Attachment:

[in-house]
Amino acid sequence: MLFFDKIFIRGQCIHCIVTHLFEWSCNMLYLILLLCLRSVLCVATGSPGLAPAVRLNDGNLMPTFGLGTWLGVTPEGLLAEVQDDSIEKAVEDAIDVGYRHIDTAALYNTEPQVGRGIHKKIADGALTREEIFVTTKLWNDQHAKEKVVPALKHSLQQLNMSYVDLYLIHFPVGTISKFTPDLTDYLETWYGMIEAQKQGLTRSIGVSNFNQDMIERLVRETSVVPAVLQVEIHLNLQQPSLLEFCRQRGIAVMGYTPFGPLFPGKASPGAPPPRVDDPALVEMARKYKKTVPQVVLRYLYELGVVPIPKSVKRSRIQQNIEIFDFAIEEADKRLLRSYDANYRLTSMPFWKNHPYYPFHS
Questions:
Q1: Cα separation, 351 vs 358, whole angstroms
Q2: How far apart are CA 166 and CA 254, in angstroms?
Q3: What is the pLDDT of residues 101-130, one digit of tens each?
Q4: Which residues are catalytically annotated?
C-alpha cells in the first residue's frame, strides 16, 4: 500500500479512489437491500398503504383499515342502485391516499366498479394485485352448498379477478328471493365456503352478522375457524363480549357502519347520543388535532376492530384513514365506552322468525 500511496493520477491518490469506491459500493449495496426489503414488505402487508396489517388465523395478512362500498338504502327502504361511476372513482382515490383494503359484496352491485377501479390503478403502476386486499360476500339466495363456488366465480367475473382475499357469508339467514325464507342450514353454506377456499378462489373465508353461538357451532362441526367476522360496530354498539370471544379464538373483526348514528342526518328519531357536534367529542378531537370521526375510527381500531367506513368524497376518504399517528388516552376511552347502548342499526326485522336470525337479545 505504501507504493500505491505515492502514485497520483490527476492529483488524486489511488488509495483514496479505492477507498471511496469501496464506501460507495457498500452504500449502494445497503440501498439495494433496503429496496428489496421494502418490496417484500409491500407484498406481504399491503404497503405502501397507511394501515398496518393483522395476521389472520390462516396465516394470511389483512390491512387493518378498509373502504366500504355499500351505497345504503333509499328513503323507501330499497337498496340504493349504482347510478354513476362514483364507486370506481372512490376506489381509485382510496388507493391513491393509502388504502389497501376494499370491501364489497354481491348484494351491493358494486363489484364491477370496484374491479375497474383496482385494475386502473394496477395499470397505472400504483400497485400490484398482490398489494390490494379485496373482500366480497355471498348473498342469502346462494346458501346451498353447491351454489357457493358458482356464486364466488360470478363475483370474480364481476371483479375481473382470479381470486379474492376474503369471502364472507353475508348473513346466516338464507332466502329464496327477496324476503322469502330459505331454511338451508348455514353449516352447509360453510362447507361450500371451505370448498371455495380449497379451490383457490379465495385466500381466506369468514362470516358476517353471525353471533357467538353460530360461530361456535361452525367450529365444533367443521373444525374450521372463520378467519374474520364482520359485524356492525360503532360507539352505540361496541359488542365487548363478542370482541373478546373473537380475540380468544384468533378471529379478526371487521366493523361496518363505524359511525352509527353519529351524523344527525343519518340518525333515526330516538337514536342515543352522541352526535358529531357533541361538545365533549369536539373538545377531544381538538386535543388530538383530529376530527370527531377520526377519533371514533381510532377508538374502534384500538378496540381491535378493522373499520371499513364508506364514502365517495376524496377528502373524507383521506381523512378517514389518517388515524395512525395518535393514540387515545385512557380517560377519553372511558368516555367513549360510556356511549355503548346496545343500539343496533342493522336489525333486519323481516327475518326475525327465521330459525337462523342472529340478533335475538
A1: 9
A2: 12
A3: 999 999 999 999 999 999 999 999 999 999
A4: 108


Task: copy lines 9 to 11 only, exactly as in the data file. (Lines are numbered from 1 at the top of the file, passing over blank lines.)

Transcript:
A1: 9
A2: 12
A3: 999 999 999 999 999 999 999 999 999 999